thumbnailFigure3. The proposed model of coordinated regulation of osteoblast differentiation and proliferation during bone formation by Osx and Wnt/β-catenin signaling. Ihh is the initiator of endochondral ossification. The Runx2-expressing biopotential progenitors can differentiate into either osteoblast or chondrocyte. Then cells differentiate into preosteoblasts, in which Runx2 play an essential role. In the next step, preosteoblasts differentiate into mature osteoblast, a process in which Osx plays a critical role. Wnt/β-catenin signaling has an essential role in osteoblast differentiation and osteoblast proliferation. The inhibition of Wnt/β-catenin signaling activity by Osx constitutes a possible mechanism for the inhibition by Osx of osteoblast proliferation.

Wnt/β-catenin signaling has an essential role in osteoblast differentiation during embryonic development and has a major role in stimulating osteoblast proliferation during both embryonic and postnatal development. Osx is an osteoblast-specific transcription factor, required for osteoblast differentiation. The inhibition of Wnt/β-catenin signaling activity by Osx, also constitutes a possible mechanism for the inhibition of osteoblast proliferation by Osx. Recent observations that Osx inhibits Wnt signaling pathway in vitro and in vivo provide novel concept of feedback control mechanisms involved in bone formation [13].

Osx is believed to be downstream of Runx2 in the pathway of osteoblast differentiation because Runx2 expression is normal in Osx-null mice, while no Osx transcripts are detected in skeletal elements in Runx2-knockout mice [3]. This is confirmed through characterization of a Runx2-binding element in the Osx gene promoter [22]. It is not known yet which transcription factors are downstream target of Osx.

Regulation of Osx expression in osteoblasts

The mechanism underlying the regulation of Osx expression in osteoblasts is still unclear. Several studies have reported that some factors can modulate Osx expression. Both BMP-2 and insulin-like growth factor-1 (IGF-1) can induce Osx expression in undifferentiated mesenchymal stem cells [23]. IGF-I-mediated Osx expression required all three MAPK components (Erk, p38, and JNK), whereas BMP-2 required p38 and JNK signaling. Blocking Runx2 activity inhibited the BMP-2-mediated induction of Osx, suggesting a Runx2-dependent pathway. However, another research group showed that BMP-2 induced Osx expression through a Runx2-independent pathway [24]. Even if Osx has been suggested as a downstream target of Runx2, the results of this study indicated that Osx expression was still induced by BMP-2 treatment in Runx2 null cells but not induced by Runx2 over-expression in C2C12 cells. Regulatory mechanisms of BMP-2 on Osx are not yet fully understood. Ascorbic acid and 1,25(OH)2 vitamin D3, which have positive roles in osteoblast function, have also been shown to up-regulate Osx expression [25,26]. It was demonstrated that Ascorbic acid induced Osx expression via a novel mechanism involving Nrf1 nuclear translocation and Nrf1 binding to an antioxidant-responsive element to activate genes critical for cell differentiation.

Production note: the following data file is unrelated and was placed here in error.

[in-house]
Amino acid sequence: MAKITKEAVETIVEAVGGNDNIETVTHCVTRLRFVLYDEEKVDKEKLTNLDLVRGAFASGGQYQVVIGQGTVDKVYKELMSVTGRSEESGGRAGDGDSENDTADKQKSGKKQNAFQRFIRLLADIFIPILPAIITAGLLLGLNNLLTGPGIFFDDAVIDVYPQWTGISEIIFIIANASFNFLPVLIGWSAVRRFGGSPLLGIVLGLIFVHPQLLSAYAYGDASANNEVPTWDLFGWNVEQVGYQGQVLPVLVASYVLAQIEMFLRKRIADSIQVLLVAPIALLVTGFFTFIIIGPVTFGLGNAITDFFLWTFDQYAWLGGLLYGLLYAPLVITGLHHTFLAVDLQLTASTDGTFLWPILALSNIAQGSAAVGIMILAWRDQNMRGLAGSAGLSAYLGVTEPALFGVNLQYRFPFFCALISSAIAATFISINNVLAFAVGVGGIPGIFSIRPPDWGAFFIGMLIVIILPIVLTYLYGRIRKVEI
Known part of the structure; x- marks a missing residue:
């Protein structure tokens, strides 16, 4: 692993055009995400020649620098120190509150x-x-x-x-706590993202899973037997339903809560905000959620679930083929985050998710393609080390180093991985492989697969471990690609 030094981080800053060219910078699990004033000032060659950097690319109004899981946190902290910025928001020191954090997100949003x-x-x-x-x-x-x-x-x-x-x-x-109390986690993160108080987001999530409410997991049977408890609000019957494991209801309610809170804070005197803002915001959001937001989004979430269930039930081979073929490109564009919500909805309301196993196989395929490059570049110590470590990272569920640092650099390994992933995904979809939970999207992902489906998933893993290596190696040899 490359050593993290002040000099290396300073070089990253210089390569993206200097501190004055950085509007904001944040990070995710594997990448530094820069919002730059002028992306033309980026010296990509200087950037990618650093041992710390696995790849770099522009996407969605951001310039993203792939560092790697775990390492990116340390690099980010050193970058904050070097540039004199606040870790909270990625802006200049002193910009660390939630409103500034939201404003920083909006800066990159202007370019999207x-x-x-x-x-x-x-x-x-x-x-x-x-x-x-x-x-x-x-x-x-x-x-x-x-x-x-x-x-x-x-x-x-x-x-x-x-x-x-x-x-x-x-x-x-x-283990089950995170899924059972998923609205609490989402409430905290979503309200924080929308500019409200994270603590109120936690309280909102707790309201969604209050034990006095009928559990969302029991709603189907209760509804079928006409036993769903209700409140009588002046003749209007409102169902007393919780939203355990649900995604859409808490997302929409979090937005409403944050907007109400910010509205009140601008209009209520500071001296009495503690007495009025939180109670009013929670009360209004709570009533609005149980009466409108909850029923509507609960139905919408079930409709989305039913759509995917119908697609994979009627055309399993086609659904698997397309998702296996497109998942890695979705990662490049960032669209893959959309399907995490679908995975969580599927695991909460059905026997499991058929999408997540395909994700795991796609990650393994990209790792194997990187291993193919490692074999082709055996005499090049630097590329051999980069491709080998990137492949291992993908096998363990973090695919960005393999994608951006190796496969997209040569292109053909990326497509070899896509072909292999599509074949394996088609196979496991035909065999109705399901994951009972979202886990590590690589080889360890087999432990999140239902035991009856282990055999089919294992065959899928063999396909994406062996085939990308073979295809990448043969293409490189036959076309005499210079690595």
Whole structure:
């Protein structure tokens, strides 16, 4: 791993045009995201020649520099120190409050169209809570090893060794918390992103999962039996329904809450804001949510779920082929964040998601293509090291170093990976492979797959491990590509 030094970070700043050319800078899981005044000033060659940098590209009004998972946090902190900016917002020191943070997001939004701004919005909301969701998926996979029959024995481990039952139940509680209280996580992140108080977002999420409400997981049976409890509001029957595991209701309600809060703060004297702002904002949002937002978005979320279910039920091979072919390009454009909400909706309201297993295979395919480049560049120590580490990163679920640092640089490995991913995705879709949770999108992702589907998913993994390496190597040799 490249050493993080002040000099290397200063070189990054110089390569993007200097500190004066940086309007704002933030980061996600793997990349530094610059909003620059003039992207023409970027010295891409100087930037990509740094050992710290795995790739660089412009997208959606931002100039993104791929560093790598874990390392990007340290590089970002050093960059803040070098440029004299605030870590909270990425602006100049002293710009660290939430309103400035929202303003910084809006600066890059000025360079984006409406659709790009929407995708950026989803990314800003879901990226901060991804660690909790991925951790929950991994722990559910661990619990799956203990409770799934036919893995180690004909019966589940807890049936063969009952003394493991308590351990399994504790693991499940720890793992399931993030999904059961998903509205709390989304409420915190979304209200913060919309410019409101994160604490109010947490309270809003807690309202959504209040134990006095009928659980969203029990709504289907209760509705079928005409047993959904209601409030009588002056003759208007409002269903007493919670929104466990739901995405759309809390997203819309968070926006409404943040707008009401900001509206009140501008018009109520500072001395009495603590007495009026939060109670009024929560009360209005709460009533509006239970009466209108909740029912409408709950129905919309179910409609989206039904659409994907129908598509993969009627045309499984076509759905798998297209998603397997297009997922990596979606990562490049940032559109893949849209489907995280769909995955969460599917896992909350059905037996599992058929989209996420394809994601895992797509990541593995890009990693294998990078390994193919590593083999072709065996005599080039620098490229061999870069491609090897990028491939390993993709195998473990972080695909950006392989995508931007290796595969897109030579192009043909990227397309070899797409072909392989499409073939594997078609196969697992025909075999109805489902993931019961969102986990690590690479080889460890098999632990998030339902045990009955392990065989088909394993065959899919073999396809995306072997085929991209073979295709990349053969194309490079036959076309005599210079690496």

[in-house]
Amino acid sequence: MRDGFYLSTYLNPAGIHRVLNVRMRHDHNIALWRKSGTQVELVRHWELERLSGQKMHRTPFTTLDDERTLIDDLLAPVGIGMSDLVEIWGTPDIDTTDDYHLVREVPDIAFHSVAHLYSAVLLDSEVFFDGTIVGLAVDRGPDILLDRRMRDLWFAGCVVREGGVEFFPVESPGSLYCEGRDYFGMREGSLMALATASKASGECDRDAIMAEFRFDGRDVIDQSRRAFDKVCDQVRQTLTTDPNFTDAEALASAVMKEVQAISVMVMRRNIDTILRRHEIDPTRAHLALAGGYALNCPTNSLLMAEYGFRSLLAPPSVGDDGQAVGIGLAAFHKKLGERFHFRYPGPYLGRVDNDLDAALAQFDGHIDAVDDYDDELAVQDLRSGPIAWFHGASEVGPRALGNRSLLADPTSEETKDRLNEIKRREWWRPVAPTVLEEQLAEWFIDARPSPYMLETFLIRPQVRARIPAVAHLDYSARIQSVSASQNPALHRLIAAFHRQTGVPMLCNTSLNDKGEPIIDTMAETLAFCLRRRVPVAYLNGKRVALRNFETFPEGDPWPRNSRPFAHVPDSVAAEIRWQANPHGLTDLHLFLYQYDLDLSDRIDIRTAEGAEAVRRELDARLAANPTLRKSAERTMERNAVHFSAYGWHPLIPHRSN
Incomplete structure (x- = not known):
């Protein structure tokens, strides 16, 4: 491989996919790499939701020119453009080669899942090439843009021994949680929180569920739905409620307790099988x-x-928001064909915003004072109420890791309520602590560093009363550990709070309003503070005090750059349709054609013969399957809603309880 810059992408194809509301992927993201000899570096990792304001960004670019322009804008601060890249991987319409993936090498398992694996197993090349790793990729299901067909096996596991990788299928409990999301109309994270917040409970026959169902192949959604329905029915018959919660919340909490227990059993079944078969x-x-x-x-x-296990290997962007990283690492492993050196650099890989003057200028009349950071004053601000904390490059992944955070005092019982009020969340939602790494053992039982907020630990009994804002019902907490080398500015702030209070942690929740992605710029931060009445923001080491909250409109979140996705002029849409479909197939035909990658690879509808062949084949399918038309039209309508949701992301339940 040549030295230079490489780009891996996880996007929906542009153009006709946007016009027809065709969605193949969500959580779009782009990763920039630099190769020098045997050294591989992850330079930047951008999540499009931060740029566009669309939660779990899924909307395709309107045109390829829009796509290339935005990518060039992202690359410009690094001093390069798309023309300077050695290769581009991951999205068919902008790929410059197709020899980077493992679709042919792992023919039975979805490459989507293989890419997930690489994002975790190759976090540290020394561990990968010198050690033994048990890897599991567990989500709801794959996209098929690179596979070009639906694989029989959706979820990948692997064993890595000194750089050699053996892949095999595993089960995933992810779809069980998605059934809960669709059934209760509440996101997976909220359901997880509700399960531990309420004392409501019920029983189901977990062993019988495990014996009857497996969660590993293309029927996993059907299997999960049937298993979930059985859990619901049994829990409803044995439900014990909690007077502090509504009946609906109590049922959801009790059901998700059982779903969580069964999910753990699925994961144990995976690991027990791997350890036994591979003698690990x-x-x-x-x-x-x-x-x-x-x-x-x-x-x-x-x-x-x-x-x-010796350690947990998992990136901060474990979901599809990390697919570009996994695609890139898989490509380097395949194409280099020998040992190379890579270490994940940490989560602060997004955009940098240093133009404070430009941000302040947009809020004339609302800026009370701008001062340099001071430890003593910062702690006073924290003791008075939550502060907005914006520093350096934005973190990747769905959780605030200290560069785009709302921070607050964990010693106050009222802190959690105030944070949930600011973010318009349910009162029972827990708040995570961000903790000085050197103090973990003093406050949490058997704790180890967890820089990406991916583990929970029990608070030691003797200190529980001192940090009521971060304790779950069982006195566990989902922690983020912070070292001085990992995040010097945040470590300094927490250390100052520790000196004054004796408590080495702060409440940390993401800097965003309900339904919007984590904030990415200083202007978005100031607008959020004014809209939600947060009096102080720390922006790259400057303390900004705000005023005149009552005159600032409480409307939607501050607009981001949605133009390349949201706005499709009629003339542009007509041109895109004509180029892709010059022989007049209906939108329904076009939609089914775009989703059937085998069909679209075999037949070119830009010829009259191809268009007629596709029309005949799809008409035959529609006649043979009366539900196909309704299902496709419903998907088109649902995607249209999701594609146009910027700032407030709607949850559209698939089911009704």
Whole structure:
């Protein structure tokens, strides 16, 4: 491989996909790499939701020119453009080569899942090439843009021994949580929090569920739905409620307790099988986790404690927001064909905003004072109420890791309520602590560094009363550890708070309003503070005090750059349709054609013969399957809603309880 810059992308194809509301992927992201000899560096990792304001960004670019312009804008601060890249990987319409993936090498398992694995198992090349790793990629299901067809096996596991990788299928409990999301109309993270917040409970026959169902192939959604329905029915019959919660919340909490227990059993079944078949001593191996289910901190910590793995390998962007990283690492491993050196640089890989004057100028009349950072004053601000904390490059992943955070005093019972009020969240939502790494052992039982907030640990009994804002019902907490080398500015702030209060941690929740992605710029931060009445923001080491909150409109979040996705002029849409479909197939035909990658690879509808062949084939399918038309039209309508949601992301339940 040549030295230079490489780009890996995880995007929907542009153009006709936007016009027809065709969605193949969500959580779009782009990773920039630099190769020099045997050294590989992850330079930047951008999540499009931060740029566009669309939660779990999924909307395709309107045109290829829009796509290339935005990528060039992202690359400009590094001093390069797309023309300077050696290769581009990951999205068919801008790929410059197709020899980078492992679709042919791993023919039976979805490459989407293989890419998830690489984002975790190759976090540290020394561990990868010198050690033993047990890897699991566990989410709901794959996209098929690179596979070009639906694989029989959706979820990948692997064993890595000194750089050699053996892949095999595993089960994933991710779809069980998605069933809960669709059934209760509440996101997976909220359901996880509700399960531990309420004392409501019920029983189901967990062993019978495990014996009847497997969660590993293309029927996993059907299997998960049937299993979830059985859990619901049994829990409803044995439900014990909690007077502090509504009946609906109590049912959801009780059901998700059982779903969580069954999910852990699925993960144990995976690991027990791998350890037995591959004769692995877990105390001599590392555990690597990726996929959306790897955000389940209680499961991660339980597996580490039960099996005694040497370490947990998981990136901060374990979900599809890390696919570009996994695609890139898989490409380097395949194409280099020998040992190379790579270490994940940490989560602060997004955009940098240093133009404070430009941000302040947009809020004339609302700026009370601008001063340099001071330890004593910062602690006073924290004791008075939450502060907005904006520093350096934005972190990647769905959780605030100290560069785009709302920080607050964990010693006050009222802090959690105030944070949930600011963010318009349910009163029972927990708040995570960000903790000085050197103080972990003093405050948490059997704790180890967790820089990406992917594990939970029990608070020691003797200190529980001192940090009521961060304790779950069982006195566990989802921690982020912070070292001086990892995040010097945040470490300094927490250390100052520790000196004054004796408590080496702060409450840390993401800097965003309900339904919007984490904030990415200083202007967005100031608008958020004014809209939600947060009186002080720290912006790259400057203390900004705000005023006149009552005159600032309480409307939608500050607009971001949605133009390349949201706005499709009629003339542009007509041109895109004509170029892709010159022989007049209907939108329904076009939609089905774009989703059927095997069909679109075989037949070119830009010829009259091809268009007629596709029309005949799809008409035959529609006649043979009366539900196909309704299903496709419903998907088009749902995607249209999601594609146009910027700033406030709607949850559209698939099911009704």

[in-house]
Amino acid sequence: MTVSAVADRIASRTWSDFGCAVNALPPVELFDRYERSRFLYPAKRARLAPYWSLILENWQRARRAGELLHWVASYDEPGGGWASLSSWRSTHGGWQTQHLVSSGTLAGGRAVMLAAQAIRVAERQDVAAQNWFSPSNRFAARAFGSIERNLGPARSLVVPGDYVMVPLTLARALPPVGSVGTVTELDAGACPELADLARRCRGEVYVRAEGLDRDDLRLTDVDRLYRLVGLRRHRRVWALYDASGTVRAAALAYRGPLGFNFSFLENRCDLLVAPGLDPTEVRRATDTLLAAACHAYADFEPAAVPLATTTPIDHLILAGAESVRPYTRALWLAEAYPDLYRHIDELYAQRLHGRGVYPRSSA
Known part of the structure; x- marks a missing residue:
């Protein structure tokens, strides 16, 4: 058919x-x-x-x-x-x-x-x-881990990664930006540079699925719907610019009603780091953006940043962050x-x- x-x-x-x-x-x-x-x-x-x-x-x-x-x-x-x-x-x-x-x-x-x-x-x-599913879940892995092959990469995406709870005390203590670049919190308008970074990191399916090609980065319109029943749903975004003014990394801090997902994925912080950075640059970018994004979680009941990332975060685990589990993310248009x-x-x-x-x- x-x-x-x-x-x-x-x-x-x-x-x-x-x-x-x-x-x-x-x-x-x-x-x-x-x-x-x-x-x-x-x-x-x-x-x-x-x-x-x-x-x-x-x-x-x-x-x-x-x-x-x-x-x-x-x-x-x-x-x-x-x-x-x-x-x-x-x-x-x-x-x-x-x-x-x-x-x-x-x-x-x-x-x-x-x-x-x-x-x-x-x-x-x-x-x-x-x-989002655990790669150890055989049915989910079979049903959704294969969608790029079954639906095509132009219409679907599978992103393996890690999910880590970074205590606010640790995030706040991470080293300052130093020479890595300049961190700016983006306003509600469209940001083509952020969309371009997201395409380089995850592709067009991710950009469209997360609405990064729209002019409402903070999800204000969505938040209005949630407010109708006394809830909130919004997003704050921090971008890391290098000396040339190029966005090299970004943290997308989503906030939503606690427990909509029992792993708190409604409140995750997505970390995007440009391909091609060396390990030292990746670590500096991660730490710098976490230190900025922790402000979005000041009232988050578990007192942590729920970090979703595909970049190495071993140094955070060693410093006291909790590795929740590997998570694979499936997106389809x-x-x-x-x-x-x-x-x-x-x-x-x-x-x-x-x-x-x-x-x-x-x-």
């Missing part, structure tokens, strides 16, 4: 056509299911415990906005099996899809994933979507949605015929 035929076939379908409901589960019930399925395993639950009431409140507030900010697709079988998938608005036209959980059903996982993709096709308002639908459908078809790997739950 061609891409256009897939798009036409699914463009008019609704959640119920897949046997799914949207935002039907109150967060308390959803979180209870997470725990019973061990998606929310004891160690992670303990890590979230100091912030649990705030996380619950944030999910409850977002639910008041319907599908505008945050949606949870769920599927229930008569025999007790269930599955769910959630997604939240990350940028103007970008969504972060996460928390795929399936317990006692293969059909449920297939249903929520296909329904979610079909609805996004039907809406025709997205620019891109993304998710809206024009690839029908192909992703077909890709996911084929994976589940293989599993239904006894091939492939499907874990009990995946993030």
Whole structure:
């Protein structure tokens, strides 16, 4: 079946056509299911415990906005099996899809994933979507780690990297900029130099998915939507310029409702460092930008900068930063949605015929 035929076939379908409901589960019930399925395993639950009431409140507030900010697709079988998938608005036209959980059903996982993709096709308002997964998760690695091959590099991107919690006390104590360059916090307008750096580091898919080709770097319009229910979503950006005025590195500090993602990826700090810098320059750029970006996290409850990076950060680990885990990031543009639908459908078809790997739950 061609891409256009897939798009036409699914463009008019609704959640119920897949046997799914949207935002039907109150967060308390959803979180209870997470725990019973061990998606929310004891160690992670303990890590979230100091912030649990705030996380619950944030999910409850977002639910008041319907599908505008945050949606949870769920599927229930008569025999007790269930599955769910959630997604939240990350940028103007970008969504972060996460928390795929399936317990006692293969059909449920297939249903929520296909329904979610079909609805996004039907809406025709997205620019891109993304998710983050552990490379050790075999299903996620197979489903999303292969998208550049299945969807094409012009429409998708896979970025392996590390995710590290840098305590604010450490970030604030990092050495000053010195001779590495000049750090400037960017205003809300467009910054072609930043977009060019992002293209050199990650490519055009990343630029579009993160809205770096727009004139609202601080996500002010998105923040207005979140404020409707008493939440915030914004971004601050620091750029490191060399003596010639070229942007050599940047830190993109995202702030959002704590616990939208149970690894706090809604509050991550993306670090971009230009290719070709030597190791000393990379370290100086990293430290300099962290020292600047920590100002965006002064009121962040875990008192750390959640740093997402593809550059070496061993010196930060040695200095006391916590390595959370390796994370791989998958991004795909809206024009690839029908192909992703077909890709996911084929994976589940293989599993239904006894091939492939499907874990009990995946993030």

Some studies indicate that negative regulators of osteoblastogenesis can inhibit Osx expression. TNF inhibited Osx mRNA in pre-osteoblastic cells without affecting Osx mRNA half-life [27,28]. Inhibitors of MEK1 and ERK1, but not of JNK or p38 kinase, abrogated TNF inhibition of Osx mRNA and promoter activity. In vivo studies provide genetic evidence that p53 tumor suppressor blocks osteoblast differentiation and bone development [27,28]. Prolonged exposure to parathyroid hormone (PTH) negatively regulates Osx expression in osteoblasts by a transcriptional mechanism mediated by cAMP signaling [29]. PTH inhibited Osx mRNA and protein expression, and this effect could be mimicked by forskolin, 8-bromo-cAMP, or expression of constitutively active Gsalpha. On the other hand, some other researchers found that systemic PTH treatments accelerated fracture healing in mice concomitantly with increased Osx expression in the PTH treated fracture calluses, suggesting a mechanism for PTH-mediated fracture healing possibly via Osx induction [30]. Recently studies indicated that intermittent PTH increased in vivo Osx expression in osteoblasts through a pathway requiring activating transcription factor 4 (ATF4) [31]. ATF4-responsive element has been identified in the proximal Osx promoter.